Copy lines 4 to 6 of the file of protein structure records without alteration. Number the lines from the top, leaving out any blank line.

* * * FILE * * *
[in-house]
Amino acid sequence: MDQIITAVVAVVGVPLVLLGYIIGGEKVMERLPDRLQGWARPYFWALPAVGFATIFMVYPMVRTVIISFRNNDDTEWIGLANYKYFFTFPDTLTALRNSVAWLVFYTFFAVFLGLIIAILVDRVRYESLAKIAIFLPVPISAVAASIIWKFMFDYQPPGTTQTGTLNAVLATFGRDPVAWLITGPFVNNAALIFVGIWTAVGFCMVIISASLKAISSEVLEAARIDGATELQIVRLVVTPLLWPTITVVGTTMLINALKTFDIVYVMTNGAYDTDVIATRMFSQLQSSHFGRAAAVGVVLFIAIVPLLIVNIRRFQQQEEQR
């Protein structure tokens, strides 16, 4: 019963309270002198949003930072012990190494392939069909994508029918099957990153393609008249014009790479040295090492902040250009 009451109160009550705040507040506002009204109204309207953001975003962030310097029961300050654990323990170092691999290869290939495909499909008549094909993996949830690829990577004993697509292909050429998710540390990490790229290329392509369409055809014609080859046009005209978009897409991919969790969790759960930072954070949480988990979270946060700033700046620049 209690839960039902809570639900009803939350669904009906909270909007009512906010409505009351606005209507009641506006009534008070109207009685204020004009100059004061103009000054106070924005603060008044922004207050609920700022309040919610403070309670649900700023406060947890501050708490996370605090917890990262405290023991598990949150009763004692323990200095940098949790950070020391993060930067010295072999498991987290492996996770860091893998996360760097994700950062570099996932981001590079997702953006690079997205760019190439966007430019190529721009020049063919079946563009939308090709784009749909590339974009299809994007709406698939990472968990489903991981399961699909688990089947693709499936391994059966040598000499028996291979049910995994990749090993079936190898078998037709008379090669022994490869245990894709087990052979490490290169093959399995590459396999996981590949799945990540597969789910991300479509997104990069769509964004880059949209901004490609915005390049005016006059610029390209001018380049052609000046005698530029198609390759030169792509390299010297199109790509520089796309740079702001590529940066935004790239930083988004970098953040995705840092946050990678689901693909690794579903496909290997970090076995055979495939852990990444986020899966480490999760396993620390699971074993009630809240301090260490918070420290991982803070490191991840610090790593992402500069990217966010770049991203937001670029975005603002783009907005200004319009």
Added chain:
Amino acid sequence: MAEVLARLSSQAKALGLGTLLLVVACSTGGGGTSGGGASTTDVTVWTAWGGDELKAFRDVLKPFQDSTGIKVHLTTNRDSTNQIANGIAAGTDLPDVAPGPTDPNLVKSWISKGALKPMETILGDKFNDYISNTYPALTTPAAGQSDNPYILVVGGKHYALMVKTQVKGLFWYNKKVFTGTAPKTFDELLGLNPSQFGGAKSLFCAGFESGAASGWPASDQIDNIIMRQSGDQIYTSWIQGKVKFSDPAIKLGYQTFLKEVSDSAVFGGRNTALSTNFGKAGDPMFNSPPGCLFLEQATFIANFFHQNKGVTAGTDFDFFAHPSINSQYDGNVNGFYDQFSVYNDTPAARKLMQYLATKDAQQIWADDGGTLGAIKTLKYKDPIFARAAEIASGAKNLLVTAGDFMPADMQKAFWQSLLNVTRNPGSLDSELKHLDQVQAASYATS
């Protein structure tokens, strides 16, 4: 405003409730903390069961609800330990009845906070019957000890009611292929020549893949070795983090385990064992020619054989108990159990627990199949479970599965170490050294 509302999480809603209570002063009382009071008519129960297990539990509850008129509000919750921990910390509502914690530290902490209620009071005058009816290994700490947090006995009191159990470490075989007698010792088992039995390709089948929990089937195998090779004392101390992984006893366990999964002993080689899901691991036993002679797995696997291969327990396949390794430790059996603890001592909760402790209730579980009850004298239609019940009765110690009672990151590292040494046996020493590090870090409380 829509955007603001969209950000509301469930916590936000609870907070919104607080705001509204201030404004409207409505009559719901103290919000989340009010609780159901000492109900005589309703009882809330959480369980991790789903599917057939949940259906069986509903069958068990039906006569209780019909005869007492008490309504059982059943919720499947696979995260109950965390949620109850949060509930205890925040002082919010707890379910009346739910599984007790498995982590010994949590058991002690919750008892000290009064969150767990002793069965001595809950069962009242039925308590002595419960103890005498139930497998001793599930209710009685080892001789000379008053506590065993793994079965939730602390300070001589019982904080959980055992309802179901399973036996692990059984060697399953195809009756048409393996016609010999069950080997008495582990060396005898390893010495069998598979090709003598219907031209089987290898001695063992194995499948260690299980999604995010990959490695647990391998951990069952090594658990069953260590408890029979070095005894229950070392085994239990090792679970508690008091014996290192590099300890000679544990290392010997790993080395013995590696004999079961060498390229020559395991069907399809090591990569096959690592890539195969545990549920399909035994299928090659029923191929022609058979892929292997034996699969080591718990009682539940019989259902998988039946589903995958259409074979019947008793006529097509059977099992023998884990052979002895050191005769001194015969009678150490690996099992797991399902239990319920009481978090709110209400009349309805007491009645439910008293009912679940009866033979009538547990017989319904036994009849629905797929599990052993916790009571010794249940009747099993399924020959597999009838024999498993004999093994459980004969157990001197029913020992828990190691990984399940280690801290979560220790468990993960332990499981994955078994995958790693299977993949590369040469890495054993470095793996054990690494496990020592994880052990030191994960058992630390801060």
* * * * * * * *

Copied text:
Added chain:
Amino acid sequence: MAEVLARLSSQAKALGLGTLLLVVACSTGGGGTSGGGASTTDVTVWTAWGGDELKAFRDVLKPFQDSTGIKVHLTTNRDSTNQIANGIAAGTDLPDVAPGPTDPNLVKSWISKGALKPMETILGDKFNDYISNTYPALTTPAAGQSDNPYILVVGGKHYALMVKTQVKGLFWYNKKVFTGTAPKTFDELLGLNPSQFGGAKSLFCAGFESGAASGWPASDQIDNIIMRQSGDQIYTSWIQGKVKFSDPAIKLGYQTFLKEVSDSAVFGGRNTALSTNFGKAGDPMFNSPPGCLFLEQATFIANFFHQNKGVTAGTDFDFFAHPSINSQYDGNVNGFYDQFSVYNDTPAARKLMQYLATKDAQQIWADDGGTLGAIKTLKYKDPIFARAAEIASGAKNLLVTAGDFMPADMQKAFWQSLLNVTRNPGSLDSELKHLDQVQAASYATS
């Protein structure tokens, strides 16, 4: 405003409730903390069961609800330990009845906070019957000890009611292929020549893949070795983090385990064992020619054989108990159990627990199949479970599965170490050294 509302999480809603209570002063009382009071008519129960297990539990509850008129509000919750921990910390509502914690530290902490209620009071005058009816290994700490947090006995009191159990470490075989007698010792088992039995390709089948929990089937195998090779004392101390992984006893366990999964002993080689899901691991036993002679797995696997291969327990396949390794430790059996603890001592909760402790209730579980009850004298239609019940009765110690009672990151590292040494046996020493590090870090409380 829509955007603001969209950000509301469930916590936000609870907070919104607080705001509204201030404004409207409505009559719901103290919000989340009010609780159901000492109900005589309703009882809330959480369980991790789903599917057939949940259906069986509903069958068990039906006569209780019909005869007492008490309504059982059943919720499947696979995260109950965390949620109850949060509930205890925040002082919010707890379910009346739910599984007790498995982590010994949590058991002690919750008892000290009064969150767990002793069965001595809950069962009242039925308590002595419960103890005498139930497998001793599930209710009685080892001789000379008053506590065993793994079965939730602390300070001589019982904080959980055992309802179901399973036996692990059984060697399953195809009756048409393996016609010999069950080997008495582990060396005898390893010495069998598979090709003598219907031209089987290898001695063992194995499948260690299980999604995010990959490695647990391998951990069952090594658990069953260590408890029979070095005894229950070392085994239990090792679970508690008091014996290192590099300890000679544990290392010997790993080395013995590696004999079961060498390229020559395991069907399809090591990569096959690592890539195969545990549920399909035994299928090659029923191929022609058979892929292997034996699969080591718990009682539940019989259902998988039946589903995958259409074979019947008793006529097509059977099992023998884990052979002895050191005769001194015969009678150490690996099992797991399902239990319920009481978090709110209400009349309805007491009645439910008293009912679940009866033979009538547990017989319904036994009849629905797929599990052993916790009571010794249940009747099993399924020959597999009838024999498993004999093994459980004969157990001197029913020992828990190691990984399940280690801290979560220790468990993960332990499981994955078994995958790693299977993949590369040469890495054993470095793996054990690494496990020592994880052990030191994960058992630390801060």